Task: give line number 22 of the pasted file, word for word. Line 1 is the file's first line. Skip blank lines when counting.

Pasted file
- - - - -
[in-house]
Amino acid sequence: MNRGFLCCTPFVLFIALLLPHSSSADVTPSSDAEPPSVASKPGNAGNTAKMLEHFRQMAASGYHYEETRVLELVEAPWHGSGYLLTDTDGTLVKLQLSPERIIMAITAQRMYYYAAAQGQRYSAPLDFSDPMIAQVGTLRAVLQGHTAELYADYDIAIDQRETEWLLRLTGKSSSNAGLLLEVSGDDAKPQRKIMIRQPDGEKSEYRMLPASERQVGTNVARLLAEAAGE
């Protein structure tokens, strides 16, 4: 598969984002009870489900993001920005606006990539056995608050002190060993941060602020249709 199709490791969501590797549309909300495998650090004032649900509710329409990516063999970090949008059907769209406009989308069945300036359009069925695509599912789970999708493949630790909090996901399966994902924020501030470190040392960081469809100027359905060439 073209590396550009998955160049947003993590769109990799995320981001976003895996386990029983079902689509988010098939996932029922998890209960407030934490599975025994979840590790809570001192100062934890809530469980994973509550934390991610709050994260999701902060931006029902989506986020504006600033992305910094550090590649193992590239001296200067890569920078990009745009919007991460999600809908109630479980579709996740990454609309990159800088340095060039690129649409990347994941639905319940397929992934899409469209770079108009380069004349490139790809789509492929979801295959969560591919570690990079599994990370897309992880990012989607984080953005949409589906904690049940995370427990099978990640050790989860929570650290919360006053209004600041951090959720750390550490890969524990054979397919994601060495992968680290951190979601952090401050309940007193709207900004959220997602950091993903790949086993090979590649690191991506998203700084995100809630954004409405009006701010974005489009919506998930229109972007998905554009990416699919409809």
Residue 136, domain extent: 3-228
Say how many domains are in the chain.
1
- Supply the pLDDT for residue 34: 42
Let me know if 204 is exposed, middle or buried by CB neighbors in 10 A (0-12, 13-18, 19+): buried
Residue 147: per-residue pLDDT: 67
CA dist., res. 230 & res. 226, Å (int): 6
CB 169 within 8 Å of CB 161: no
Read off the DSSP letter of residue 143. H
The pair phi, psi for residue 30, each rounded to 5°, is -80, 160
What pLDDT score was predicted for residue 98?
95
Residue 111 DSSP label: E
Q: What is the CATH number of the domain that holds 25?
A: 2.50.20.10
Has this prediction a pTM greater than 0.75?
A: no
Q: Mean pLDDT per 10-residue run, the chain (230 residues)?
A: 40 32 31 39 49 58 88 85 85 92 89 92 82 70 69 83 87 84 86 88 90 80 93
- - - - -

A: 40 32 31 39 49 58 88 85 85 92 89 92 82 70 69 83 87 84 86 88 90 80 93